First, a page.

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My Child Has Been Taken By The Sharks

LAS VEGAS, NEVADA - MAY 27: Ty Dellandrea #10 of the Dallas Stars is congratulated by Max Domi #18 after scoring a goal against the Vegas Golden Knights during the third period in Game Five of the Western Conference Final of the 2023 Stanley Cup Playoffs at T-Mobile Arena on May 27, 2023 in Las Vegas, Nevada.
Ethan Miller/Getty Images

Most of the time, when children lose their teeth, it's an exciting thing. You marvel at their crooked smile and hear the air whistling through the gap when they speak. They are growing! The lost tooth is a badge of honor. But my children are not given such graces. When they lose their front teeth, people say things like, "That doesn't seem normal," "Grown men shouldn't be losing teeth," and "Professional hockey players who are older than you are not your children." But people say a lot of things.

I still remember the day that my son, bottom-six Stars forward Ty Dellandrea, hard-launched the loss of his tooth. It was a Saturday, and the 2022–23 NHL season had recently gotten underway. After playing only two games in the season prior—one regular-season and one playoff game—it seemed like Delly had survived the preseason and was here to stay! Life was good, and Twitter was not yet called X. I opened the app to see a new photo posted by the Dallas Stars account. It was Dellandrea! One of his central incisors was missing, but he looked very refined, if I do say so myself.

There are some people whose auras benefit from the loss of a tooth. For the most part, hockey players are a part of this exclusive group, right next to school-aged children who have suddenly developed a lisp. In the case of Dellandrea, his dental destruction led to his adoption, by me, as my special child. It also coincided with the start of his best season to date. That's not saying a whole lot, because Dellandrea is still just 23 years old and has only substantially played three seasons in the NHL, typically on the fourth line. Still, he ended up playing in all 82 games that season, accumulating a total of 28 points, which is more than most mothers can say about their children.

I even got to see one of his nine regular-season goals in person when the Stars played in Newark. I dragged along two of my friends, both of whom were rooting for the home team. After a scoreless first period, Dellandrea put Dallas on the board with a tip-in early in the second.

"My child scored a goal!" I told my friends. They buried their faces into their hands. Then, the Devils announcer read off the goal, completely butchering Dellandrea's name. Important note: The Stars won that game, 4-1.

I'm recounting all of this in an effort to remember the good times. Since the tail end of last year's playoffs, when Dellandrea had a crucial, redemptive two-goal performance after being a healthy scratch, he hasn't seen much luck with the Stars. Despite his outsized off-ice presence (so much so that his teammates thought he could be a captain one day), Dellandrea couldn't break out of his role as a fringe checking-line guy in this past season. He fluctuated in and out of the lineup, playing only 42 games during the regular season. With other young options like offseason acquisition Sam Steel and promising newcomer Mavrik Bourque pounding at the door, head coach Pete DeBoer didn't need to put his trust in Dellandrea.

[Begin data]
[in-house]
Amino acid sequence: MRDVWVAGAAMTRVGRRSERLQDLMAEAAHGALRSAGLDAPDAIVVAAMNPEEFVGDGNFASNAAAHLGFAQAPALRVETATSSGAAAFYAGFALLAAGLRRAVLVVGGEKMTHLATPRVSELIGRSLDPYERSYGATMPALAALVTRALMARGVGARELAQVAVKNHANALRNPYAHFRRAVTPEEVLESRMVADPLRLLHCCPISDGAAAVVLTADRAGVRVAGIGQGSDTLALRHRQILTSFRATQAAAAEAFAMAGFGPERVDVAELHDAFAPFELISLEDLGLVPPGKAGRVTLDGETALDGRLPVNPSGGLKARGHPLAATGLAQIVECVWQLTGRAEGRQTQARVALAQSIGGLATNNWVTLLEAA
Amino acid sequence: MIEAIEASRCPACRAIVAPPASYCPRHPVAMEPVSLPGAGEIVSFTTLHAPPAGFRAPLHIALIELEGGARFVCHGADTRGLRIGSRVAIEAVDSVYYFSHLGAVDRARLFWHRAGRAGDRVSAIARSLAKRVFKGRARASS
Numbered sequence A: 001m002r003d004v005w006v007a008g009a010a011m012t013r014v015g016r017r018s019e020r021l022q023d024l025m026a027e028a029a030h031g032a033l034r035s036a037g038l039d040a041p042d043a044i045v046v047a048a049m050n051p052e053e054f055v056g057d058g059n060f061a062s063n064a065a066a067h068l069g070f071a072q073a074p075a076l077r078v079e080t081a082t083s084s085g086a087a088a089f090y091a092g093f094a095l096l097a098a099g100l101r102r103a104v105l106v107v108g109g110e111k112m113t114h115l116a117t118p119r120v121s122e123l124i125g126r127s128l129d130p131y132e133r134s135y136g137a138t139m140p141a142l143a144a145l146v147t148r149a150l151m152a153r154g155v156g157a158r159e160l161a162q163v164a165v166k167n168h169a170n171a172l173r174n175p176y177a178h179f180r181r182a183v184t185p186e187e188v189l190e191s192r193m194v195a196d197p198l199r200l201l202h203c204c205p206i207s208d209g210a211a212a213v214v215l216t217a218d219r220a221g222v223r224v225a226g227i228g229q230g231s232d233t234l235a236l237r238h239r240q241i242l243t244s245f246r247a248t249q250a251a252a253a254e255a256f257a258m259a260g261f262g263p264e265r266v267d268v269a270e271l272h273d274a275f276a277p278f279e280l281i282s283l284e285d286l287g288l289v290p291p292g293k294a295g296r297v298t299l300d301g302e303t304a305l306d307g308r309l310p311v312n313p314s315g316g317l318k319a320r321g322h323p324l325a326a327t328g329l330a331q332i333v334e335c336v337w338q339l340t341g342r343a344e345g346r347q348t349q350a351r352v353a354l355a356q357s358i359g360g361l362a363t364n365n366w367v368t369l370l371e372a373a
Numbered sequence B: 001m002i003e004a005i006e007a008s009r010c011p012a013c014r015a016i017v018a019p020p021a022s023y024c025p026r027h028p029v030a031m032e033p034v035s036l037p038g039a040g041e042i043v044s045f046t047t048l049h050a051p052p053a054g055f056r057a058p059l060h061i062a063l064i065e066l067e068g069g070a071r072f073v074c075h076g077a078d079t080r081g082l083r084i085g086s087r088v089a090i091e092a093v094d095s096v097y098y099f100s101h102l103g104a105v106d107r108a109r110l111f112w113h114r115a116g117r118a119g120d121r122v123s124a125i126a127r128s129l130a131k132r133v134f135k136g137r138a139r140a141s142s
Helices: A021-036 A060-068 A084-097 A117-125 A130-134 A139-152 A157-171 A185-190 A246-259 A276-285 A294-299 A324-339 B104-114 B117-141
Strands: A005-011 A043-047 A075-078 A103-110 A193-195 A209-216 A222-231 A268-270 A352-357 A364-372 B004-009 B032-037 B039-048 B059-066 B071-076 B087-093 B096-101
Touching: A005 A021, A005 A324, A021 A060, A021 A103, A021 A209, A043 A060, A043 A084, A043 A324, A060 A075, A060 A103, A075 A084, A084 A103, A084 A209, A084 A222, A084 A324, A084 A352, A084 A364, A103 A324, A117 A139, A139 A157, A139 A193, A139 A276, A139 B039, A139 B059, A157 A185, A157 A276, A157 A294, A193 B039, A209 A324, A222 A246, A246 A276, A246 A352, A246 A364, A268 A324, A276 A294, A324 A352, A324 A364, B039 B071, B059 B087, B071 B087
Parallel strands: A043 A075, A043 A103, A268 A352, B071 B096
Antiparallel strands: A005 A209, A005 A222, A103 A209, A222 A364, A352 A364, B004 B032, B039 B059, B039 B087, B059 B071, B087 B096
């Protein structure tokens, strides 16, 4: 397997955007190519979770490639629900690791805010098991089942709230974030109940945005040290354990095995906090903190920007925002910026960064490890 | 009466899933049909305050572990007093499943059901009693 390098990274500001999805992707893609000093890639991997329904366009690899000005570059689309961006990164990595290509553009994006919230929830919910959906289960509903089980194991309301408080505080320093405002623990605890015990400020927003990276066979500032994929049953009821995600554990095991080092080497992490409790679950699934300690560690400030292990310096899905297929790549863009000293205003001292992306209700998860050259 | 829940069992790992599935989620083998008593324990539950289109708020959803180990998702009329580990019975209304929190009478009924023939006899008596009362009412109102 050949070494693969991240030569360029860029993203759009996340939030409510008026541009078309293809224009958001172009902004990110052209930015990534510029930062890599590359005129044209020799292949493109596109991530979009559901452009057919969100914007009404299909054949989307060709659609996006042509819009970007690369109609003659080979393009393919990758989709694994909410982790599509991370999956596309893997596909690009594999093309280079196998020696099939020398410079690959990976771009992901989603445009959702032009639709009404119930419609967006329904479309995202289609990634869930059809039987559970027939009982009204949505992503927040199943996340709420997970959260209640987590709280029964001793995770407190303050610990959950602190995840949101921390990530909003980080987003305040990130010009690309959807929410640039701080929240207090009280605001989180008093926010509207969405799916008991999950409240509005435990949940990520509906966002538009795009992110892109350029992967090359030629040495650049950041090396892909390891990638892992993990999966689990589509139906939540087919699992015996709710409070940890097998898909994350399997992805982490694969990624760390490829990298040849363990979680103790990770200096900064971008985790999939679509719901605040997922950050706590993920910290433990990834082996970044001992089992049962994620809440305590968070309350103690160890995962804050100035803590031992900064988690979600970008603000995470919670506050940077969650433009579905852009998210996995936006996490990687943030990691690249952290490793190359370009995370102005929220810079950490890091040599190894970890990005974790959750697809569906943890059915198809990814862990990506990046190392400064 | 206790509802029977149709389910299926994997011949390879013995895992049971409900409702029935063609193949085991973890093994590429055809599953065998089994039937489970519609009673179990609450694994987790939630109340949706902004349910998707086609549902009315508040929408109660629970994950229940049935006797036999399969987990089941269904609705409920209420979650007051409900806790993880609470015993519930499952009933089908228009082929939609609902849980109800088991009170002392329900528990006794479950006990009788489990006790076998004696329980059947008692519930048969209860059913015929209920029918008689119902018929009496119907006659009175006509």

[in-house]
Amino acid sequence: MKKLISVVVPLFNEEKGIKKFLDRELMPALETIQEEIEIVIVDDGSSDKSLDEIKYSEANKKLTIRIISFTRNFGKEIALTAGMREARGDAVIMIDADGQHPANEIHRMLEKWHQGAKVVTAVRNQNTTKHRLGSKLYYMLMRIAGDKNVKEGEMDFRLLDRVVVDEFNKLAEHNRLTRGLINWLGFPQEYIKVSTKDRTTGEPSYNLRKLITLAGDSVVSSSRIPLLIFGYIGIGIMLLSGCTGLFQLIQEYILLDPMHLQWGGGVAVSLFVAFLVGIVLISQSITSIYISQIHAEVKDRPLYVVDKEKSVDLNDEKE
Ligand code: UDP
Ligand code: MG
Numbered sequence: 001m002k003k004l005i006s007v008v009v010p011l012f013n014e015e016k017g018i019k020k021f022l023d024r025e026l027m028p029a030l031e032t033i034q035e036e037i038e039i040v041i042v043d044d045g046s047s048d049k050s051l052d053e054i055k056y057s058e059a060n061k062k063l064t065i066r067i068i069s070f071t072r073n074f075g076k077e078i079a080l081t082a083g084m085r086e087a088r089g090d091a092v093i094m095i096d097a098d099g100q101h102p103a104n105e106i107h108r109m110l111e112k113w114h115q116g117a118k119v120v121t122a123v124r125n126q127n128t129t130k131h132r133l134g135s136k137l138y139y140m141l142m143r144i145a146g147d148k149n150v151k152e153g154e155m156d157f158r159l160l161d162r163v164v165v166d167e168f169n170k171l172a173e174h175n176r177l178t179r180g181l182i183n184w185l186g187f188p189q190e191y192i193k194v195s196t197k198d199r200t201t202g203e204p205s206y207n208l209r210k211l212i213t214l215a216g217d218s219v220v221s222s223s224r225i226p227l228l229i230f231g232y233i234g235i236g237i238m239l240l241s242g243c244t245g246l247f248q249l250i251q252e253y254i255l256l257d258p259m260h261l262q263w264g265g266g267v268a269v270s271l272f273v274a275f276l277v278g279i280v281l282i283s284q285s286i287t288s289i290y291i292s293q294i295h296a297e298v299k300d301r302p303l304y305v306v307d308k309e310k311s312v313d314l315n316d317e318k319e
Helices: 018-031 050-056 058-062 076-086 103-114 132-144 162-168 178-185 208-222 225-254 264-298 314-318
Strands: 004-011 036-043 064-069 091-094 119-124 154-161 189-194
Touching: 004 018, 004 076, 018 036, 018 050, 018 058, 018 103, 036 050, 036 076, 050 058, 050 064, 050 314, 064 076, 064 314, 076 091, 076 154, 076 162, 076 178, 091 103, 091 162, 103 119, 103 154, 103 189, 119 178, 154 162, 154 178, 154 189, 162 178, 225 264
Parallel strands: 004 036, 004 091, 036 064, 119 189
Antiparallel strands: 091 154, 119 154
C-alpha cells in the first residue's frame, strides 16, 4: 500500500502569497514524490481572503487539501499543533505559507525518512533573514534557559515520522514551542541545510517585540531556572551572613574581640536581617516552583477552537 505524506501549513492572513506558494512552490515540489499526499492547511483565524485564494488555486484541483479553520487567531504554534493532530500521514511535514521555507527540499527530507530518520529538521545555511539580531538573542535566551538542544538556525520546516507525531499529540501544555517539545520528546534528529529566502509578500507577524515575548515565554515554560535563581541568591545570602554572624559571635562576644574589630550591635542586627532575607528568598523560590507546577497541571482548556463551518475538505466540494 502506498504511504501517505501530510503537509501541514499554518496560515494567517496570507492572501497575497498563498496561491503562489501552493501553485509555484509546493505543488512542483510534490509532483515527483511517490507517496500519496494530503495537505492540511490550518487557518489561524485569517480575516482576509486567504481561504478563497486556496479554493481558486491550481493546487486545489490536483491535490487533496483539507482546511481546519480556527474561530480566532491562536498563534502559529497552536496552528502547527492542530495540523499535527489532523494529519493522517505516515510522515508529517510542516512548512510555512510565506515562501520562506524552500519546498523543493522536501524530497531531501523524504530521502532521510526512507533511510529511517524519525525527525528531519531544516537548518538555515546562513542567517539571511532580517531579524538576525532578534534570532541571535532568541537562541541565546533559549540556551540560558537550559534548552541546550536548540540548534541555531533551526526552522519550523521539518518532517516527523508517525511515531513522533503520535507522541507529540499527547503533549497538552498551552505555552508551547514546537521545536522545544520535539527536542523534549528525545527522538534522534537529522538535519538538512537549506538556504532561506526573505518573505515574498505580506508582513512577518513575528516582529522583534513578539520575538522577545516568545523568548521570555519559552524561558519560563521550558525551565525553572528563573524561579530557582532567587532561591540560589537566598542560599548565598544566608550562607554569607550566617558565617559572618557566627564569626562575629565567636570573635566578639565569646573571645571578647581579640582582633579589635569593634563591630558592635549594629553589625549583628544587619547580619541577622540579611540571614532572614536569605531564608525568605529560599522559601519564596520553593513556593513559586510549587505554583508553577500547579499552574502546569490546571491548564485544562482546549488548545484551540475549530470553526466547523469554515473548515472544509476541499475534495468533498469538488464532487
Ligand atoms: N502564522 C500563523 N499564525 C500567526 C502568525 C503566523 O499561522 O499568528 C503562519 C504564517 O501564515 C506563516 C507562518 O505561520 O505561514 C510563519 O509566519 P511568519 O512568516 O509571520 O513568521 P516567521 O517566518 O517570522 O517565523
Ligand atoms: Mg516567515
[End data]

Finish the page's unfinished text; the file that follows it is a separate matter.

Losing Dellandrea is something I have been bracing myself for quite a while. When the Stars were trying to trade for Chris Tanev in February, I prepared for the worst. “Yes, Chris Tanev is good,” I said to the Void. “But have you considered that I might die?” To my great surprise, the Void heeded my call. The Stars made it through the trade deadline without leaving a single duckling behind. Jake Oettinger, Dellandrea's best friend and former roommate, even had time to debut his new goalie mask, which featured an illustration of my vulnerable child in all his glory. But, unfortunately, a mask is not a legally binding no-movement clause.

On Wednesday afternoon, my child was sent away. That is, Dellandrea was finally traded, his destination being the sunny rebuild of San Jose. This is not the first time I have lost one of my own to the Bay Area. Last year, I saw former Stars forward Jacob Peterson traded to the Sharks, and he has languished in the AHL ever since. I'm a little more hopeful for Dellandrea. As a former first-round pick, he will receive more chances to prove himself, and the potential is certainly there. With the deep bench of the Stars, there weren't enough minutes to go around, and it seemed he'd lost some trust on defensive mistakes. In the end, I want what's best for my child, even if it means letting him move far away.

In California, he'll be joined by the likes of Barclay Goodrow, who, like him, will make the shift from a Stanley Cup contender to a roster that might struggle to win a Calder Cup. On a young Sharks team desperate for scorers, and with Macklin Celebrini's star potential, perhaps there's a chance for Dellandrea to build himself up as not only more of an offensive force, but also a leader of men. Who can say? They grow up so fast.

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